I’m not a doctor, but call me skeptical.
Nonetheless, Kobe Bryant is playing without support tape or pregame injections to deal with the pain from the ligament injury in his wrist. Which has him telling Kevin Ding of the Orange County Register that his wrist is healed.
“I got through it,” Bryant said.
When I asked him if he would use the term “healed,” Bryant said: “Yes….
“I experimented with no injection in Utah, and the next game felt completely fine,” Bryant said. “So, no tape, no injection. I’m good.”
The injury was supposed to heal over time, although it’s hard to imagine it really, fully healed through all the use and abuse of an NBA season. Even with all the treatment he got.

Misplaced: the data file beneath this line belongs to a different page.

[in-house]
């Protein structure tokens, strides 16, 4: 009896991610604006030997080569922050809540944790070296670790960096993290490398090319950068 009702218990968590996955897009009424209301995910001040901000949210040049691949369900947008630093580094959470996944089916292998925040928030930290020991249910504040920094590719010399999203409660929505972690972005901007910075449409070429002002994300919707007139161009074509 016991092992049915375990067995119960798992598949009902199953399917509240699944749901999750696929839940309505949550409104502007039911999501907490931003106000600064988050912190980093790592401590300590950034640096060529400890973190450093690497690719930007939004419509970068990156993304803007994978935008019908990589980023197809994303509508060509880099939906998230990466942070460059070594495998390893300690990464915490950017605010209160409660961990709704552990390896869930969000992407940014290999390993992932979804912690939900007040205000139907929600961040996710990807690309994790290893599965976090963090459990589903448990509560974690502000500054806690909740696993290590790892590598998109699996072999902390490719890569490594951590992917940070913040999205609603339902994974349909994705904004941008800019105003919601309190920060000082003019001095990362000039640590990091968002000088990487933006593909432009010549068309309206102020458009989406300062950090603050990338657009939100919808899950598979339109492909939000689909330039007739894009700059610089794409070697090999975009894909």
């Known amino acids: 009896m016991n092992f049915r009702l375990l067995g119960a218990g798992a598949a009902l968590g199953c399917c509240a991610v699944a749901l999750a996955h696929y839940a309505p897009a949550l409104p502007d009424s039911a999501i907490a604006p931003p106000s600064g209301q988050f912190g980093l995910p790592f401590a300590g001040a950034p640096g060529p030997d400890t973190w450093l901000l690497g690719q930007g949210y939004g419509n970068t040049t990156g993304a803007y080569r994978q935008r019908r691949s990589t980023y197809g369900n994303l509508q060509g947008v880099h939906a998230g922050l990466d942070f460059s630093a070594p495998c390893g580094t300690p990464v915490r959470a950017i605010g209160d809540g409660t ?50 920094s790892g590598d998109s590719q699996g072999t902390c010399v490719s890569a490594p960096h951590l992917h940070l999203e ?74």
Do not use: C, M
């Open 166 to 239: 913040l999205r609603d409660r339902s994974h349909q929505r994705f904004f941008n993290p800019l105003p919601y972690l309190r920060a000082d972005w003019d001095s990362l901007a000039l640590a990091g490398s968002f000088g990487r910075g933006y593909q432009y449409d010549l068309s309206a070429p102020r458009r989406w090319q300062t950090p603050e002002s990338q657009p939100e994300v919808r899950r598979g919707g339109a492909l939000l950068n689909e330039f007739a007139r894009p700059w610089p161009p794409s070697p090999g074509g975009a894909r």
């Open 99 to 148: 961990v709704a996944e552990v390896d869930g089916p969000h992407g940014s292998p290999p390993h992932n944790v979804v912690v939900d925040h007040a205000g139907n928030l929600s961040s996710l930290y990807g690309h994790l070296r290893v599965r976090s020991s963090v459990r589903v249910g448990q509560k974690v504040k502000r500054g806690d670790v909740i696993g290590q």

Not having the tape means he should have a full range of motion back, helping his shot. That hasn’t been a huge problem, save from three — Kobe is shooting 44.4 percent this season, not far off his career 45.4 percent average. From three he is shooting 29.9 percent, off his 33.8 percent career average, and maybe no tape and injection helps that.
It really doesn’t address the bigger Lakers’ issue of the volume of Kobe’s shots more minutes, however.